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ER comes to real life in MD's hands
The course of one typical night shift in the emergency department, recounted here tellingly, yet lovingly, is a long way off from the sensational drama and romance of the TV drama ER.
Who wants an actor tending to you in a real medical crisis, anyway? For that, Goldman or someone like him would be just the ticket.
White Coat, Black Art listeners will recognize the broadcaster's trademark disarming candour as he attempts to puncture a sometimes tough hide that keeps the real world of medicine cloaked from public view.
Following a series of patients (each a composite of several individuals) chronologically throughout the night, Goldman use some of his anecdotes to serve as springboards to topics he's dealt with on the radio program -- medical errors for example, or the ethics surrounding personal relationships between medical practitioners and their patients.
Interviews with emergency physicians across the country round out the book, as Goldman admits Mount Sinai doesn't see a lot of victims of violent crime.
Tailoring his message toward non-experts, Goldman uses phrases like "belly pain" instead of the medical terms, and at the same time manages to avoid sounding patronizing.
On the other hand, any medical professional would be hard-pressed not to find valuable insights in this book. Meanwhile the general public gains real understanding of why wait-times can be so long, or the value of asking an ER physician a well-placed question like, "Aren't we rushing things a bit?"
Though his straightforward, unpretentious style doesn't pack the same emotional power as Dr. Vincent Lam's lush fiction in his Giller Prize-winning story collection Bloodletting & Other Cures, Goldman's clear descriptions are frequently quite moving.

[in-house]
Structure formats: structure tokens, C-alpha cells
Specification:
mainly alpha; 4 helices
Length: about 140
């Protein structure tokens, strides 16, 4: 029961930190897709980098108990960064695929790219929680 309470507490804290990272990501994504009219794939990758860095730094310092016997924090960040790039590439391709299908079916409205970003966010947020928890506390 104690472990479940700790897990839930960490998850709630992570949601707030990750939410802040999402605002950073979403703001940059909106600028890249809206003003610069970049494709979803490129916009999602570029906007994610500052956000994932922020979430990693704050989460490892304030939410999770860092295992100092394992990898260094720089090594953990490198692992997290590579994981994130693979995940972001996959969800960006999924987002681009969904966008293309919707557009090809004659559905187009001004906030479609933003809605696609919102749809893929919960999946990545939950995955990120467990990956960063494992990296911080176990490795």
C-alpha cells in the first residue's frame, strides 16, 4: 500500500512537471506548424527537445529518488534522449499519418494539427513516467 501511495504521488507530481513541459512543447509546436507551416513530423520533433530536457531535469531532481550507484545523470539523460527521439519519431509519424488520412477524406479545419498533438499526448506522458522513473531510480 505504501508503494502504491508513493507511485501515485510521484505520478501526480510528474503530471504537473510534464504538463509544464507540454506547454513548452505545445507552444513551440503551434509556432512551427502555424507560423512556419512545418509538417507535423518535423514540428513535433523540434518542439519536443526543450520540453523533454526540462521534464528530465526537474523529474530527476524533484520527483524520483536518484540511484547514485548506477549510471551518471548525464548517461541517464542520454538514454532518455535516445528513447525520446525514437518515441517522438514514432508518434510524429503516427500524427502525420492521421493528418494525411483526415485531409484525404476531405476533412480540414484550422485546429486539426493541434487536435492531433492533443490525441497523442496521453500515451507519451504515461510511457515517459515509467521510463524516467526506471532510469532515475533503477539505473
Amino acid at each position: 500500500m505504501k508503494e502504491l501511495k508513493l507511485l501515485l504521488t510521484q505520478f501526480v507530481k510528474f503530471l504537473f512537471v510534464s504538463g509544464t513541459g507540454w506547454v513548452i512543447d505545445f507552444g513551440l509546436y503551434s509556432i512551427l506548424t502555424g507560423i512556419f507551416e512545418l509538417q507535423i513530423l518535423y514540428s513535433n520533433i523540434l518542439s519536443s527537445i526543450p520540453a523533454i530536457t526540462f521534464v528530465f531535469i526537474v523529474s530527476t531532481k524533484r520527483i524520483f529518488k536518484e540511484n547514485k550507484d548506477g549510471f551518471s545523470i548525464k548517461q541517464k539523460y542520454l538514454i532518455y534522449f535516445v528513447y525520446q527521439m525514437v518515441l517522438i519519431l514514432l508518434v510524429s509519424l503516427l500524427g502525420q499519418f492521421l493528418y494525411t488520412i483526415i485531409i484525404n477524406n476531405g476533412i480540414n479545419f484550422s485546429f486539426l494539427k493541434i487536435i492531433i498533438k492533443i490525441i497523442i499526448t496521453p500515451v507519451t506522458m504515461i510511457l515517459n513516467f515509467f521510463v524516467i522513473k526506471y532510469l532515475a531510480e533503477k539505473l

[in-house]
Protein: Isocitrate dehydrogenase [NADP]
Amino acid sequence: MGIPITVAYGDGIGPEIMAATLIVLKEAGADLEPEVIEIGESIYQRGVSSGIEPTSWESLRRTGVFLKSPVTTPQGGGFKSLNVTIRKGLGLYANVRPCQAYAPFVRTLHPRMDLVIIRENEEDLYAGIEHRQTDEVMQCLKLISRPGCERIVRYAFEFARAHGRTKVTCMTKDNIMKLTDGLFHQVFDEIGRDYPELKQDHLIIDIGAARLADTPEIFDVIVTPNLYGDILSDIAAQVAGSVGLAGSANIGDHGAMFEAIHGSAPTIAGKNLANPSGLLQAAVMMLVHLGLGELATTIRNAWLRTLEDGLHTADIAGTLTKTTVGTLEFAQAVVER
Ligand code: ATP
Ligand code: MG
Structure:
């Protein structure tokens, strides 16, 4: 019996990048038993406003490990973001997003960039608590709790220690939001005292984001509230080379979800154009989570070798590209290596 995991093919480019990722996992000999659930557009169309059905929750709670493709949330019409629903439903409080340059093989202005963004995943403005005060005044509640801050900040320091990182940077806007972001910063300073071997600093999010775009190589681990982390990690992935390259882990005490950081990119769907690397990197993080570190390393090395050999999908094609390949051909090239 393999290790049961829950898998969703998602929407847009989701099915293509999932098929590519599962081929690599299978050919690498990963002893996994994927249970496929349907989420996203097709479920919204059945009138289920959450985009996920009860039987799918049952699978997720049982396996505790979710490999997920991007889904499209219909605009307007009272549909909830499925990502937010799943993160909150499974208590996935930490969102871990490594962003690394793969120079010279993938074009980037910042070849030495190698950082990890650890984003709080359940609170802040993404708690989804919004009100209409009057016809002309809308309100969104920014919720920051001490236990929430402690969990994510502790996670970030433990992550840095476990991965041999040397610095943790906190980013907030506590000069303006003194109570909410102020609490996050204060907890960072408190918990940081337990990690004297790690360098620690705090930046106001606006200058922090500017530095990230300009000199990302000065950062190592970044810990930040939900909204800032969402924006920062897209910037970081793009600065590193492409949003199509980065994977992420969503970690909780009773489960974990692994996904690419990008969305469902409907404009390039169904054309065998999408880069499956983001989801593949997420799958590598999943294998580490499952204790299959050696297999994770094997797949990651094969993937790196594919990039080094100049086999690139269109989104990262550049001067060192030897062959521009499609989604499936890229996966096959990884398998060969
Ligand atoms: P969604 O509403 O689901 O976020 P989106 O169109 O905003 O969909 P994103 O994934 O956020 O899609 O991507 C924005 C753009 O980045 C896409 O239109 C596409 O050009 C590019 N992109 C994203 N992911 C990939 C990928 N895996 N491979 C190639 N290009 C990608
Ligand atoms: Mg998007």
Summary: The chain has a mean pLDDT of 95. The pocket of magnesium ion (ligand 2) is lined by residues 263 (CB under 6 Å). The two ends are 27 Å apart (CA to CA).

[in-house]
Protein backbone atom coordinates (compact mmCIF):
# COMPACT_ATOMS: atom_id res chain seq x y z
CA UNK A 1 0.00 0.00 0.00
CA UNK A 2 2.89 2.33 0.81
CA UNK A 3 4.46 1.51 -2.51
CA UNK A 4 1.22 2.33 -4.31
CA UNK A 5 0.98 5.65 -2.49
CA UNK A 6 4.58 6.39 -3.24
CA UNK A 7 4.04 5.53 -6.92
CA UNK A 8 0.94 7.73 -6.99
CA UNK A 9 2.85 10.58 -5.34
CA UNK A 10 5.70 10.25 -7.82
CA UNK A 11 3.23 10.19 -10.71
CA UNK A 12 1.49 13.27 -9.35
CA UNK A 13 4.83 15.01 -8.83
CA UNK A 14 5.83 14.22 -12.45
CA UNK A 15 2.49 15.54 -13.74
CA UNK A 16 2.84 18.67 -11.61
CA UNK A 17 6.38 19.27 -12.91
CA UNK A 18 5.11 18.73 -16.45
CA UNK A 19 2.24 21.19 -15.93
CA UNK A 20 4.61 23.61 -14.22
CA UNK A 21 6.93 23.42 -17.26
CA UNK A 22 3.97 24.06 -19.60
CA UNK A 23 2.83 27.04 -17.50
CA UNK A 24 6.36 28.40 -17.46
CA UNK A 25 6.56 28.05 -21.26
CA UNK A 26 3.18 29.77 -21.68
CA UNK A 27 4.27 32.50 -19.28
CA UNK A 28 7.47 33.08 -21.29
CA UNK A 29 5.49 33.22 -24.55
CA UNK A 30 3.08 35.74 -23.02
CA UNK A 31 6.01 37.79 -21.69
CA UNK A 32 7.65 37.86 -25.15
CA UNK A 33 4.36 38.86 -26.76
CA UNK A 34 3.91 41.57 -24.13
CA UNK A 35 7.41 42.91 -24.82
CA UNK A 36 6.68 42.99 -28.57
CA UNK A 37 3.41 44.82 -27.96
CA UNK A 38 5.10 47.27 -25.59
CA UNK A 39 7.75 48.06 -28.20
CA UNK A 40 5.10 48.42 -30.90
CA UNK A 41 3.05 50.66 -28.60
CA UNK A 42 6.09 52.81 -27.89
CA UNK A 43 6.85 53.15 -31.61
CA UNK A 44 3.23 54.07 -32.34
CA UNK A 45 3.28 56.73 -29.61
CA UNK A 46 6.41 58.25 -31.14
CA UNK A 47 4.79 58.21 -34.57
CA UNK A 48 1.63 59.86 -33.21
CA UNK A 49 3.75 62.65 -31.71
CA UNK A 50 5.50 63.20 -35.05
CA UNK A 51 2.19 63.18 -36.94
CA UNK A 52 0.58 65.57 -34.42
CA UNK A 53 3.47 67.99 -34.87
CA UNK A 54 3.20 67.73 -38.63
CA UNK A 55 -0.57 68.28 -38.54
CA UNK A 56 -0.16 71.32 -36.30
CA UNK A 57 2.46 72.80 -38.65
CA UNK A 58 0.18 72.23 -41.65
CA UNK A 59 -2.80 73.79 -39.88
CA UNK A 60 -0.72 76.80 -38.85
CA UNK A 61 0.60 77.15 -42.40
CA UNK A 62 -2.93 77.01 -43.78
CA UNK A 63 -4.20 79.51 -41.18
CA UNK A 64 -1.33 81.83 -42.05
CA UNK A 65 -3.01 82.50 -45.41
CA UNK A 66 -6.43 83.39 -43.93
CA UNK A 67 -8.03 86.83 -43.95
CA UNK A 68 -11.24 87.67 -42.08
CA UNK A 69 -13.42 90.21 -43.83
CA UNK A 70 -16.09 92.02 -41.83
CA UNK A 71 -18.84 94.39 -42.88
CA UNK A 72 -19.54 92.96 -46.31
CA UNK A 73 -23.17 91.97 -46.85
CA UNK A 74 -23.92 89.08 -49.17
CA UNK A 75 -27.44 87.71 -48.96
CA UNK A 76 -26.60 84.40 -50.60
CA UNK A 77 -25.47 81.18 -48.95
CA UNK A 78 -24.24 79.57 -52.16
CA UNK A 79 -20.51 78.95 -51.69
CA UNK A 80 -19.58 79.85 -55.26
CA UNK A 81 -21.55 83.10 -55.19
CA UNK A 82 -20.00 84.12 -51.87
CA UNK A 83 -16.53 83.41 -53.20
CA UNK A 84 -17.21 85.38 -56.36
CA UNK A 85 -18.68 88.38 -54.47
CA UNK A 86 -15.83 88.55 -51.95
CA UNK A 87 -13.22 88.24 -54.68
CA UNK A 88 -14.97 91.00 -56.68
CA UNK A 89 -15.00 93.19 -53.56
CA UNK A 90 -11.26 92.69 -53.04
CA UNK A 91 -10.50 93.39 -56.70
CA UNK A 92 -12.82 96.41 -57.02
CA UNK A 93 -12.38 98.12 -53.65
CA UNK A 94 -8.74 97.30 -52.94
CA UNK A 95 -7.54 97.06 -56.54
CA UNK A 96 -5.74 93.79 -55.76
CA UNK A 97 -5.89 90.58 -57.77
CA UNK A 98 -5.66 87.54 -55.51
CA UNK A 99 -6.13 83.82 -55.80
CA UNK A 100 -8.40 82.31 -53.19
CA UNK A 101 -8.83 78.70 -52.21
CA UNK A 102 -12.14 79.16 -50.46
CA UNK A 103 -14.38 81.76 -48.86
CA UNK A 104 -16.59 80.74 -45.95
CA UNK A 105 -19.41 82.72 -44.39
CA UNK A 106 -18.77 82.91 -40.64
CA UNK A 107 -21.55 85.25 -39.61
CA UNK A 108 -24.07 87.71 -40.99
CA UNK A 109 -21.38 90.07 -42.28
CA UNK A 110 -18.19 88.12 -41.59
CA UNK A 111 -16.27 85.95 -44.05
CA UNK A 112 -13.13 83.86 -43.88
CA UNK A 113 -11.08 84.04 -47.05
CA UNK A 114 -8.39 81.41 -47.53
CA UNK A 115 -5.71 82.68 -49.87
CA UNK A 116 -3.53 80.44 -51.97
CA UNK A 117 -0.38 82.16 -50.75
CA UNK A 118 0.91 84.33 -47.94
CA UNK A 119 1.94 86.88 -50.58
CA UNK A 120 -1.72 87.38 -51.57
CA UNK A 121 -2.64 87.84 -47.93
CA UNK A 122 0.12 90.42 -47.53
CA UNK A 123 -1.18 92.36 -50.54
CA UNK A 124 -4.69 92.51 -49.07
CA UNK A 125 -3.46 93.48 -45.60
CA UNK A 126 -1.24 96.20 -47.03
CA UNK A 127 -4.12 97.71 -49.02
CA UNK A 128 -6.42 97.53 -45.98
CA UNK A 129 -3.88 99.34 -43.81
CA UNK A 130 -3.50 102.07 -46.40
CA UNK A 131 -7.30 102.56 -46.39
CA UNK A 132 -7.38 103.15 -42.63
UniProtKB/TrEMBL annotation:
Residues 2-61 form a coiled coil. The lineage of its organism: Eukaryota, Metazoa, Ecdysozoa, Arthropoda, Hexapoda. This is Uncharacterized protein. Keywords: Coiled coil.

Juan, for example, is brought in after passing out drunk in a bar. After some sensitive questioning, and prodded on by the memory of a former patient who was discharged too soon and committed suicide, Goldman and his resident confirm that Juan is at high risk for the same thing, and gently convince him to accept a transfer to a psychiatric hospital.
One of the best things about the book is the author's advocacy for a culture of openness and compassion in the case of medical mistakes. A friend of his makes the wry comment that judgment comes from experience, and experience comes from bad judgement.
Goldman relates his own almost comically pathetic early attempts to avoid having to intubate because a burned-out mentor during his residency failed to teach him the technique properly.
He shows how the intense sleep deprivation with which all-night shift workers contend, as well as outrageous on-call schedules, have an undeniable effect on the speed and alertness of ER staff. He exposes the reality that though residents now technically have the right to go home at a decent time, many do so only at the risk of sabotaging their career; someone assisting with your surgery may have been up for far longer than 24 hours. This is reality.
The Night Shift excels at showing how the health-care system is made up of human beings with foibles, not invincible automatons, or stars like Clooney.
It's a fascinating look at the sometimes dramatic, sometimes mundane world of life and death behind the emergency doors.